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VIEIRA, Antonio

Cartas do P. . . . da Companhia de Jesu.  4 vols.


Lisbon, Na Officina da Congregaçaõ do Oratório, 1735 (Vols. I & II), Lisbon, Na Regia Officina Sylviana, e da Academia Real, 1746 (Vol. III).


Small 4to.  I: (12) ff., 468 pp.;  II: (6) ff., 479 pp. (Offerecido ao Eminentissimo Senhor Nuno da Cunha e Attaide),  III:  (12) ff., 451 pp. (Dedicado ao Eminentissimo, e Reverendissimo Senhor D. Thomás de Almeida, Cardeal da Santa Igreja de Roma . . . pelo Padre Francisco Antonio Monteiro).   Preliminary ff. (13-14) of Vol. I taken from another copy.   Tiny hole in Vol. II, p. 235/236 due to paper fault, lacking tip of top corner of p. 279/280.   A few signatures in Vol. IV discoloured.

Together with: (idem):  Cartas . . . a Duarte Ribeiro de Macedo.   Small 4to.  354 pp.   Lisbon, Na Impressão de Eugenio Augusto, 1827.   Vol. I & II contemporary calf, spines gilt (some traces of worming in front & back covers), III later calf, IV reusing old calf binding nearly identical to that of Vols. I & II, new label.  

First editions of all four volumes, which print more than 450 of Vieira’s letters and documents written by him, spanning the years 1644 to 1697.   “The works of this great writer and extraordinary man are an inexhaustible mine of pure and vigorous prose, at its best in his numerous Cartas” (Bell, Portuguese Literature, p. 269).   Diplomat, politician, social reformer and protector of the Indians, administrator and preacher, Father António Vieira, with his impetuous temperament, and pure, vivacious and energetic language, engaged in impassioned debate with his correspondents, and many consider him to be the greatest writer of Portuguese prose.   His correspondents included royalty, clergy, the nobility and diplomats, and the subjects ranged from the merits of indigenous clergy, to the enslavement of the Brazilian Indians, the founding of colonial commercial companies in Brazil and the Far East, the cultivation of Far-Eastern spices in Brazil, and the founding of a mint in the colony.   Unsurprisingly, through his outspokenness and his support for the New Christians, he fell foul of the Inquisition, who detained him for several years.   “. . Vieira was not merely a prolific letter-writer, but a highly intelligent and keenly critical observer who frequently wrote at white heat and without reserve . . . Vieira ranks as a great historical as well as a great literary figure, and he was certainly the most remarkable man in the seventeenth-century Luso-Brazilian world" (Boxer, A great Luso-Brazilian figure : Padre Antonio Vieira, S.J., 1608-1697, p. 4).   . . "Dom João IV . . fell under the spell of Vieira's self-assured and magnetic personality and within a very short time he came to regard the tall, lean, and dynamic Jesuit as 'o primeiro homem do mundo'.   Vieira repaid him with a passionate devotion which never wavered as long as the monarch lived . . .   The King never failed to consult Vieira about the most important matters of state so long as the Jesuit remained in Portugal . . .   It was particularly on Brazilian problems that the king deferred to the Jesuit's advice, for so impressed was Dom João by Vieira's knowledge of the colony that he assumed he was born there" (idem. p. 9).   ". . (T)he king decided to take Vieira's advice and to organize a great chartered company for the Brazil trade with the aid of Jewish capital . . to provide convoys for all shipping engaged in the Brazil trade in return for a monopoly of the chief colonial imports from the mother-country . . . he was triumphantly successful in his principal aim.   . . thanks to the co-operation of the Brazil Company's Armada, the patriots of Pernambuco were finally able to eject the Dutch from Northeast Brazil in January 1654" (idem, p. 17).   "He did not scruple to assert that Portuguese mistreatment of the Amerindians in Amazonia had resulted in the death of over two million of them in forty years, and his exaggerations in this respect recall those of Las Casas" (idem, p. 21).   "Vieira (argued) to the end of his days that the freedom of the Amerindians could best be secured by increasing the importation of Negro slaves from East Africa" (idem, p. 23).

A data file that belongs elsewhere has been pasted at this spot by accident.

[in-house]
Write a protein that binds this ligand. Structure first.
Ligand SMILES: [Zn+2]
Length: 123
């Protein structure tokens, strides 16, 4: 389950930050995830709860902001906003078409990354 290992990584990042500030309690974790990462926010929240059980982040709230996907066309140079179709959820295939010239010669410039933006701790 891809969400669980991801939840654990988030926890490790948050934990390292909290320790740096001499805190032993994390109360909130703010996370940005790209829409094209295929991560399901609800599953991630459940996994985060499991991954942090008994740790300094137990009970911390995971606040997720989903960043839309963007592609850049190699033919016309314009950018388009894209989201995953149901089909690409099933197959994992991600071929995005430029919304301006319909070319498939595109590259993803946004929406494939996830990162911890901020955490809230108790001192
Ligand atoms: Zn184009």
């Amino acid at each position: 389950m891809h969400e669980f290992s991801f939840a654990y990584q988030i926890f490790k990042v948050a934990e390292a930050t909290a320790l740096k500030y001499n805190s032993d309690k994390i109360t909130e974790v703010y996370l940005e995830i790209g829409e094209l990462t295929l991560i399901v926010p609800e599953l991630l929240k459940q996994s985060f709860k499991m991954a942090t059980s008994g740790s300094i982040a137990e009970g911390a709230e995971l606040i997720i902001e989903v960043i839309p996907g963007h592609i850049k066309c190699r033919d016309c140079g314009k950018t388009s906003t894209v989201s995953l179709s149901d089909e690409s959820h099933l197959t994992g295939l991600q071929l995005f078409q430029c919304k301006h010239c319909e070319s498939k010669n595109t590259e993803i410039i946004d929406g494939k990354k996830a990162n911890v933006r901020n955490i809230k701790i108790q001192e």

Innocêncio I, 291-292 (see).  Borba de Moraes (1983), II, 921.   De Backer-Sommervogel VIII, 669.   Azevedo-Samodães 3510.   Ameal 2485, “os exemplares são . . muito raros.“   Pinto de Matos 562, “o 3º volume é raro.”   Rodrigues 2520 (Vols. I, II & IV).   Palha 1566-1567, “recueil estimé.”   Monteverde 5552.   Serafim Leite, Hist. da Companhia de Jesus no Brasil, IX, 954-957 (& see IX, pp. 192-363) & gives pagination as No. 954 = Vol. I - (xxviii), 468 pp.  955 = Vol. II - (xii), 479 pp.  956 = Vol. III - (xxiv), 452 pp.   Gauz, Portuguese and Brazilian Books in the John Carter Brown Library 1537-1839, 735/4 (Vols. I & II).   Not in Bosch, Brasilien-Bibliothek.             


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